A model example of Anti-art, Pawel Althamer’s piece at the Secession presents an object that is at once revered while also being completely dismissed. For his installation, Althamer built a tunnel connecting the front main street entrance with the rear exit door of the building’s space. Making this tunnel, the artist closed off not only the main hall gallery, but also the gift shop and the entrance foyer. Standing on the original Secession floor, the tunnel is composed of white walls like those of a pedestrian passage through a construction site. Here the normative expectations of visitors are not met as Althamer completely transforms the institution. There are no exhibition fees, there are no docents and there are no guards. In this piece, the artist converted the honored museum into a familiar and mundane public space.
On the walls of the tunnel are drawings, posters, prints, and graffiti tags. Althamer invited artists to participate in adding to the visual qualities of the tunnel and also left it open for any passerby or visitor to add their own mark. With a similar concept but significantly different materials, Rudolf Stingel produced stunning works. Here, the artist is unconcerned with aesthetics and walls of drawings look like the walls of a municipal toilet.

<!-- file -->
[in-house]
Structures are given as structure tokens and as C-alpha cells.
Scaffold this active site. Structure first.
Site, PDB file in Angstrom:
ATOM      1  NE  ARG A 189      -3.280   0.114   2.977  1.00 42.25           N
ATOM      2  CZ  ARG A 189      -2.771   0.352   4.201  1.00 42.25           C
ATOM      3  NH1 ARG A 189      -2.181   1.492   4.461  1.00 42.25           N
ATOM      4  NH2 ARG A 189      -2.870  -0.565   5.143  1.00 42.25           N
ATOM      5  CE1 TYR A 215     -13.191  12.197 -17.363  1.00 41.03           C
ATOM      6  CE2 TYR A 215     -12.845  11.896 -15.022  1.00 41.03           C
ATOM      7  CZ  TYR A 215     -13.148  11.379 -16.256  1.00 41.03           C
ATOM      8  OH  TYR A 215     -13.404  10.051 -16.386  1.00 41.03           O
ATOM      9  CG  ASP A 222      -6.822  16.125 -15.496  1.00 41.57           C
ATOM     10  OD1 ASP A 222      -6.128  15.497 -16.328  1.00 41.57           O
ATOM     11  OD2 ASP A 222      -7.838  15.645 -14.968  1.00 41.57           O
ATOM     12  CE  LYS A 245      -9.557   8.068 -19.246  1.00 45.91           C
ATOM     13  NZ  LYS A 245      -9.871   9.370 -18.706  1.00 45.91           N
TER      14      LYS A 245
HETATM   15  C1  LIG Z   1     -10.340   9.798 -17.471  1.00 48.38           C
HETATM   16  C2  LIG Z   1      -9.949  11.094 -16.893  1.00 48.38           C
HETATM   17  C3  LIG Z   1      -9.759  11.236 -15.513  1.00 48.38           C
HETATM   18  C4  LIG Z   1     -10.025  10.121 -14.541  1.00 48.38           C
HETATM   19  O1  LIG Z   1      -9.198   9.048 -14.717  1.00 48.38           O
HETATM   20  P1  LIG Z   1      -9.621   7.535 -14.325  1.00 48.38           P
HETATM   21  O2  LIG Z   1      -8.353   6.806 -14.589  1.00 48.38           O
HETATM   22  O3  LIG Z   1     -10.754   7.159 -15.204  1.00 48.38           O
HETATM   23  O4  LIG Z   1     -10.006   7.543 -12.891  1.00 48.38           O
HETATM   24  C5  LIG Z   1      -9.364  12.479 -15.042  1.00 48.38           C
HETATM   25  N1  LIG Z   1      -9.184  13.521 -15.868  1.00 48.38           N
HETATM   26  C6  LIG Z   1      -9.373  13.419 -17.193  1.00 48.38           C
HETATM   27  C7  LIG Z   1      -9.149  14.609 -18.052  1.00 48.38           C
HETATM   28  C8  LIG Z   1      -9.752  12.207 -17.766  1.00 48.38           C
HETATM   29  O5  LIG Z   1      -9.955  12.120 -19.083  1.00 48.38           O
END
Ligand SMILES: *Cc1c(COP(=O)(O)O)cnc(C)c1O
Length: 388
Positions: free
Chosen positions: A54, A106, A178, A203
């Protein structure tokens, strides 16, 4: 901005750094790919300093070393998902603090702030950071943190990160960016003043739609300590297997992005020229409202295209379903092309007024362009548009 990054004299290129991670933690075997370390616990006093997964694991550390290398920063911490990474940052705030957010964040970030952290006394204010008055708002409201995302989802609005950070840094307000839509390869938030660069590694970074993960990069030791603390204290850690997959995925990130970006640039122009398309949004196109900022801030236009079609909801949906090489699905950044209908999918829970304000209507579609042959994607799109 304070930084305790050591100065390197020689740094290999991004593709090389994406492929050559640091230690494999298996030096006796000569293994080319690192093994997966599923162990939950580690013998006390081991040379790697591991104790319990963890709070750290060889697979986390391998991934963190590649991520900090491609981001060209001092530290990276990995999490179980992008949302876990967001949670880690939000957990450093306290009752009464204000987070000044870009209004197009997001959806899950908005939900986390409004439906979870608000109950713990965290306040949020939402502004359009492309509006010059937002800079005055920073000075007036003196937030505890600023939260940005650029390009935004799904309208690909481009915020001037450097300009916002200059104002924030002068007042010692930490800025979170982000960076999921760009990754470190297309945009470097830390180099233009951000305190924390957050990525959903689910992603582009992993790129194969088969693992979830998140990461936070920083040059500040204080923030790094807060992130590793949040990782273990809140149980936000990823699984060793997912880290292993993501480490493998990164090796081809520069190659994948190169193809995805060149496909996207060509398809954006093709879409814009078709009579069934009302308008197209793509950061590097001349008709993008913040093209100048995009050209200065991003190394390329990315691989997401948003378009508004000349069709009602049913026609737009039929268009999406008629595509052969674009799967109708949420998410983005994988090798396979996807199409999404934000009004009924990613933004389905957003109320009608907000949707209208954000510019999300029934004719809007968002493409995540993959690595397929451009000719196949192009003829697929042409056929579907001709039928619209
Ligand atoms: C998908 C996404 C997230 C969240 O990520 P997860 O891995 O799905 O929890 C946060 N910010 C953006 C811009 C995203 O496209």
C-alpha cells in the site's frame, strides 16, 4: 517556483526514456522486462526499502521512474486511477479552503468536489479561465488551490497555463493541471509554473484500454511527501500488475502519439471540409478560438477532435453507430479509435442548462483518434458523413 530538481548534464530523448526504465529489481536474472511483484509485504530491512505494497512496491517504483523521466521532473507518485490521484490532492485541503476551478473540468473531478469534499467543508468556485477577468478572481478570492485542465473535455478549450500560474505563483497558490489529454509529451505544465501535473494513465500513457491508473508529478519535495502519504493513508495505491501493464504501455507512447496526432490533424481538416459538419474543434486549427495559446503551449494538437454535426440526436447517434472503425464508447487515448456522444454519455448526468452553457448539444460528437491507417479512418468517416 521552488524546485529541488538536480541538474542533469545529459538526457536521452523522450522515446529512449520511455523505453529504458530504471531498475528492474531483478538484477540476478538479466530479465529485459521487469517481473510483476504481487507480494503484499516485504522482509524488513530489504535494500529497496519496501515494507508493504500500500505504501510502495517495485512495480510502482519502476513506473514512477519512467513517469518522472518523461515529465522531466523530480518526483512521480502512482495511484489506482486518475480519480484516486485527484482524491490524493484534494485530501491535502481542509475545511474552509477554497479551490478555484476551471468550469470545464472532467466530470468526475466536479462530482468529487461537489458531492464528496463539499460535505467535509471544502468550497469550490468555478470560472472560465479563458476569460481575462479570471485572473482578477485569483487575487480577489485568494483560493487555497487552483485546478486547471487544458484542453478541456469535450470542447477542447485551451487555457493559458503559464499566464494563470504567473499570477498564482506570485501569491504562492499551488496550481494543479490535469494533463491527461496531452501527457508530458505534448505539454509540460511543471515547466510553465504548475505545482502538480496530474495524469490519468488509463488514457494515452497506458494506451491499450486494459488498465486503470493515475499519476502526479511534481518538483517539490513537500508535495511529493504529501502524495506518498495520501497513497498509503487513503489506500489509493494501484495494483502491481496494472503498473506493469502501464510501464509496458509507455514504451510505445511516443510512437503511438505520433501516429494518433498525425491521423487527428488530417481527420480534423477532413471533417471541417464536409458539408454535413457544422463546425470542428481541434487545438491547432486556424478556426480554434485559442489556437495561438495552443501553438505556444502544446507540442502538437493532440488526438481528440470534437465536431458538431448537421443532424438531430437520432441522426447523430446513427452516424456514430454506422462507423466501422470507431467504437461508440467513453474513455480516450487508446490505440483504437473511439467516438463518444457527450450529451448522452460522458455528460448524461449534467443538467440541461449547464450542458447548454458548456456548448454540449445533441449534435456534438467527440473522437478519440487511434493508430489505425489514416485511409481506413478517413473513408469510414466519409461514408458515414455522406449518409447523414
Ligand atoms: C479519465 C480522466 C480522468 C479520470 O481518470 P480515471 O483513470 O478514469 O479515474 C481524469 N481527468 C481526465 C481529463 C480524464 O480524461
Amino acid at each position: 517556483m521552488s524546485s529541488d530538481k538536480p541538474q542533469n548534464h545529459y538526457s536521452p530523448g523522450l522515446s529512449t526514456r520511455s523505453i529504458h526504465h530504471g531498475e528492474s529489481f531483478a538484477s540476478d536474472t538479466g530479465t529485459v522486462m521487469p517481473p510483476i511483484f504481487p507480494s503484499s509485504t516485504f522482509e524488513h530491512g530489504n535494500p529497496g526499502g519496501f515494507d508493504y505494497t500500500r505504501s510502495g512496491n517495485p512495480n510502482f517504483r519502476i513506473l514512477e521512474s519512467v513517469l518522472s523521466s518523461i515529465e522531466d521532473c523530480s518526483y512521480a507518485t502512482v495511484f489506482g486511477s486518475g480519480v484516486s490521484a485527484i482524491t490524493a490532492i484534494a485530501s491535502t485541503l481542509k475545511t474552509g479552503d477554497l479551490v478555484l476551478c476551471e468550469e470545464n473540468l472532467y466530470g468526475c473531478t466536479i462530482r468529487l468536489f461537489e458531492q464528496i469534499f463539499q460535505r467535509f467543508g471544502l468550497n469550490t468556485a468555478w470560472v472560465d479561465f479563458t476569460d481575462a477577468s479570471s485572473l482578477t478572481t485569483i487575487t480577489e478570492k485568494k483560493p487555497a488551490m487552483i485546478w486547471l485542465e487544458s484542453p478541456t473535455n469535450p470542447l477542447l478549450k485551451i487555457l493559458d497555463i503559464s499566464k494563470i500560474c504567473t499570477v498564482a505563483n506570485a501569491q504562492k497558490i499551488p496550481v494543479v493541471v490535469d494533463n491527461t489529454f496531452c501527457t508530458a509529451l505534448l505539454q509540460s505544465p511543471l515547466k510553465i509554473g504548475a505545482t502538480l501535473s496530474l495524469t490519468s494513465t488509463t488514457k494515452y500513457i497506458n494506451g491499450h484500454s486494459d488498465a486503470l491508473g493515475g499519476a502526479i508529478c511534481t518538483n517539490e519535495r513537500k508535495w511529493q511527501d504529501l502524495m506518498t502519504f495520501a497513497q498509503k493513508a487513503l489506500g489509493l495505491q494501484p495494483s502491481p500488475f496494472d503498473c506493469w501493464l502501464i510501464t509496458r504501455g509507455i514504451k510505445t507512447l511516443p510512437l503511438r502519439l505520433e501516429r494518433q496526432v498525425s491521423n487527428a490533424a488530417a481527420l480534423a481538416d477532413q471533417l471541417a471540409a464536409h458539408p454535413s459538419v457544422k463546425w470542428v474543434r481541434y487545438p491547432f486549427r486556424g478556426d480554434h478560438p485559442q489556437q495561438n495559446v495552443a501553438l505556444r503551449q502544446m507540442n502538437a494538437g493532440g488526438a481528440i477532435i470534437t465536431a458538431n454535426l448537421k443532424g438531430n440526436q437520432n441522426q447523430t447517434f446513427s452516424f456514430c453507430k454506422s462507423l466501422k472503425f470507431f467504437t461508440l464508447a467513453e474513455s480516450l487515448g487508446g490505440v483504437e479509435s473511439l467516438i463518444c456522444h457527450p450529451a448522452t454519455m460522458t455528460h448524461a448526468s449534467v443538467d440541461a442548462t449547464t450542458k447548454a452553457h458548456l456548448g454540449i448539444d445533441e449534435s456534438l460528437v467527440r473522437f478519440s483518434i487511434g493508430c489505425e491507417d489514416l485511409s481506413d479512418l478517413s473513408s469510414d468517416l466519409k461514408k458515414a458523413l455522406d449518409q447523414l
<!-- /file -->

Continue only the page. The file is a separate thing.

In the backyard of the Secession, Althamer’s tunnel is transformed into a theatrical entrance making a stage out of the world around the exhibition hall. In the open garden, the artist invited others to participate in happenings of music, installation, conversation and theater. With no hierarchy, remnants of previous happenings and Althamer’s handsomely crafted figure sculptures litter the lawn. Unlike Allan Kaprow’s ‘activities’ Althamer does not choreograph or dictate his agenda, rather he seems devoted to privileging impermanent institutional critique.
Wiener Secession, Association of Visual Artists Friedrichstraße 12, A-1010 Vienna